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August Burns Red, Between & The Buried and Me – Guelph Concert Theatre, April 10th, 2016



Review and Photos by Mike Bax

I hadn’t planned on attending this show until the day before when it was made known to me that the evening was a co-headliner show with Between & The Buried and Me (BTBAM) and August Burns Red (ABR). I’d assumed it was an ABR show with a 45-minute set from BTBAM. The evening was actually a 65-minute set from both bands, BTBAM going on at 8:00pm and ABR going on at 9:25pm.

In advance, I didn’t have a clue who ABR was prior to this show. I hadn’t heard a song. Nothing. My apologies to anyone reading this expecting a wordy ABR review. I attended entirely for BTBAM, and it was nice to see I wasn’t alone in this regard. I got to chat with a few fans in attendance boasting the same split mentality for this show.

There was much malaise about The Faceless dropping off the bill; I heard this from a few youngsters in attendance. The girl who was behind me had tried to get a ticket refund when they dropped out but wasn’t able to. She still came though, as she seemed to be an ABR fan. Good Tiger, a band comprised of ex-Tesseract vocalist Elliot Coleman, ex-The Safety Fire guitarists Derya Nagle and Joaquin Ardiles, along with ex-The Faceless drummer Alex Rüdinger and bassist Morgan Sinclair took the stage at 7:10.

I was in the same boat with Good Tiger as I was with ABR; witnessing them for the first time this evening. Musically, they seemed competent. They have some tight guitar licks and drumming. Their show felt a bit like they were still finding their mojo together as a band.

Raleigh, North Carolina 5-piece Between & The Buried and Me went onstage right on time and opened with both ‘Foam Born (A) The Backtrack’ and ‘(B) The Decade of Statues’ from their 2007 album, Colours. They surprised everyone and went back to their 2002 debut with ‘Shevanel Cut a Flip’, a track I’ve never heard them play live. Fans also got to hear the 13-minute intro of The Great Misdirect as both ’Mirrors’ and ‘Obfuscation’ were played back to back.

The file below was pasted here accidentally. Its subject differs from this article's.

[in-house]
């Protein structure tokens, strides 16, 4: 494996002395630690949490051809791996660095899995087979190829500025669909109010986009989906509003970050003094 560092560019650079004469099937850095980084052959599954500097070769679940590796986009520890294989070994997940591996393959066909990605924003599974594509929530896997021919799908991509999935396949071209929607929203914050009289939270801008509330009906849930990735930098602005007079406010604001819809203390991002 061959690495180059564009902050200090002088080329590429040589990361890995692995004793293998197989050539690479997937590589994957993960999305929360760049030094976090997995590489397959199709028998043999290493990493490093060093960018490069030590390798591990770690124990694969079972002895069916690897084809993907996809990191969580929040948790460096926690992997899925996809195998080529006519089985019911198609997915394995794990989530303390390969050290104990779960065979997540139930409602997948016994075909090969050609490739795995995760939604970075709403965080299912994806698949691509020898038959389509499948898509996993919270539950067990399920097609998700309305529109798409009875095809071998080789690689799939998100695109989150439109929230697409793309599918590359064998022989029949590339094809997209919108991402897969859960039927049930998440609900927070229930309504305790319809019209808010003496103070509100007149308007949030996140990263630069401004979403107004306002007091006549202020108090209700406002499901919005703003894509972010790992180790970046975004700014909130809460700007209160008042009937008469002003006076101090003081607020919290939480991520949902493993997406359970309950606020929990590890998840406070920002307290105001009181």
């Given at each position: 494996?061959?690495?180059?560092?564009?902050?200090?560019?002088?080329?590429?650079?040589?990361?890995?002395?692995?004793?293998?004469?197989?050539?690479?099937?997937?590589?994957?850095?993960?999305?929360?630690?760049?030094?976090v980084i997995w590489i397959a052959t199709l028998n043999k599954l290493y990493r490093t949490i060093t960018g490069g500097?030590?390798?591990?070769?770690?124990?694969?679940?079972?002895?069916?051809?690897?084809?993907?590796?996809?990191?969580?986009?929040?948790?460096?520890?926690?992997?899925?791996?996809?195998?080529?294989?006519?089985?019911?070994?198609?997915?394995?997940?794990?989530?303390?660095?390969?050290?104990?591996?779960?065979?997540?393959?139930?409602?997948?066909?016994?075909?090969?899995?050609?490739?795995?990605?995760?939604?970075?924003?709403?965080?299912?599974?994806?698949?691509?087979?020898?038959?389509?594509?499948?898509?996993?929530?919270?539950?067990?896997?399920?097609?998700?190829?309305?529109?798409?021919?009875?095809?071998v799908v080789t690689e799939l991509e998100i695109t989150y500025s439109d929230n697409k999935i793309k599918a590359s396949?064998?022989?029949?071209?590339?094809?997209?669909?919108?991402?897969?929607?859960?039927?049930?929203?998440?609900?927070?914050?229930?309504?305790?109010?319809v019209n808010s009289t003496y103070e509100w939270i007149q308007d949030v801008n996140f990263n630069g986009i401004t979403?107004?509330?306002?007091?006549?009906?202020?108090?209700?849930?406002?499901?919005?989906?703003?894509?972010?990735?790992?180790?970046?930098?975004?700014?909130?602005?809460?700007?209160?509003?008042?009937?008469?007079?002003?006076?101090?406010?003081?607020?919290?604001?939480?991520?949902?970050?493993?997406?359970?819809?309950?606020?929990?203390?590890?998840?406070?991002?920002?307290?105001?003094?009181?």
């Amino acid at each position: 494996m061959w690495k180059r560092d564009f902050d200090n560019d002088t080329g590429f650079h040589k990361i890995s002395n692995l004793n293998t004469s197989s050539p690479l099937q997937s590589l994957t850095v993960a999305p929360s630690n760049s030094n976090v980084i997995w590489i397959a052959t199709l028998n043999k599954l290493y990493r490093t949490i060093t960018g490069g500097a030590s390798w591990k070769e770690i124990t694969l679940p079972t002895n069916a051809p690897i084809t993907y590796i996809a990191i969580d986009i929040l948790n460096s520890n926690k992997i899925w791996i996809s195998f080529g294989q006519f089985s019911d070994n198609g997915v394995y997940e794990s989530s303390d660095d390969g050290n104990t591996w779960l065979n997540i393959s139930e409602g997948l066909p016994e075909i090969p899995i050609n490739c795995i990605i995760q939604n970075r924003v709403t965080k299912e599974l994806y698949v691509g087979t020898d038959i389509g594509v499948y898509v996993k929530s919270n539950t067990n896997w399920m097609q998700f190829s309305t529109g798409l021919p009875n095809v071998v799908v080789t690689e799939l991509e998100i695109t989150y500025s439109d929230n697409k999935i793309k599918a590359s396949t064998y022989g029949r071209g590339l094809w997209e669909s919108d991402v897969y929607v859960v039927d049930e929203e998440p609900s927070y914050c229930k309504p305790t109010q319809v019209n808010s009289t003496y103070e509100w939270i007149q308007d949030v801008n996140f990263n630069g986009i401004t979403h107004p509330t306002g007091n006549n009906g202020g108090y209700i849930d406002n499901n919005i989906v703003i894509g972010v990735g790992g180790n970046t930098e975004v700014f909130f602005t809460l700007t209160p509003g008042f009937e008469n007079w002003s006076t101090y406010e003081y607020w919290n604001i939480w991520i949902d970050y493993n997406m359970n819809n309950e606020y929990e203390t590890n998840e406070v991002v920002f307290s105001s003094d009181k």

Only ‘Telos’ was performed from their wildly popular The Parallax II: Future Sequence album (2012). Both ’The Coma Machine’ & ‘Famine Wolf’ represented last year’s Coma Ecliptic tonight – too short in my opinion, but I’m from the camp that wants them to take the album on the road and play the whole damn thing in its entirety. BTBAM finished off with ’Selkies: The Endless Obsession’ from 2005’s Alaska.

All said and done, this was an opportunity to revel in a painfully short but representational feast on the 15-year BTBAM back catalogue. While it was a bit of a surprise, it was totally enjoyable. Tommy Giles Rogers asked the audience how old they all were in 2001, and some of the answers made me laugh. I was 34 in 2001, a response I did not yell out at the top of my lungs – I already knew I was the old man in the audience.

Their performance was pretty much flawless. Blake Richardson’s drumming was epic. Paul Waggoner and Dustie Waring were both on fire from intro to outro, and Tommy Giles Rogers was in fine form, hitting the high sonics flawlessly on every song.

Manheim, Pennsylvania’s August Burns Red took the stage amidst a hail of cheers from the audience and a wash of bright rotating lights set up on either side at the back of their stage. They exude a different vibe than BTBAM, a more cocksure approach to the genre, if you will. After getting past that, their material was indeed both intricate and approachable.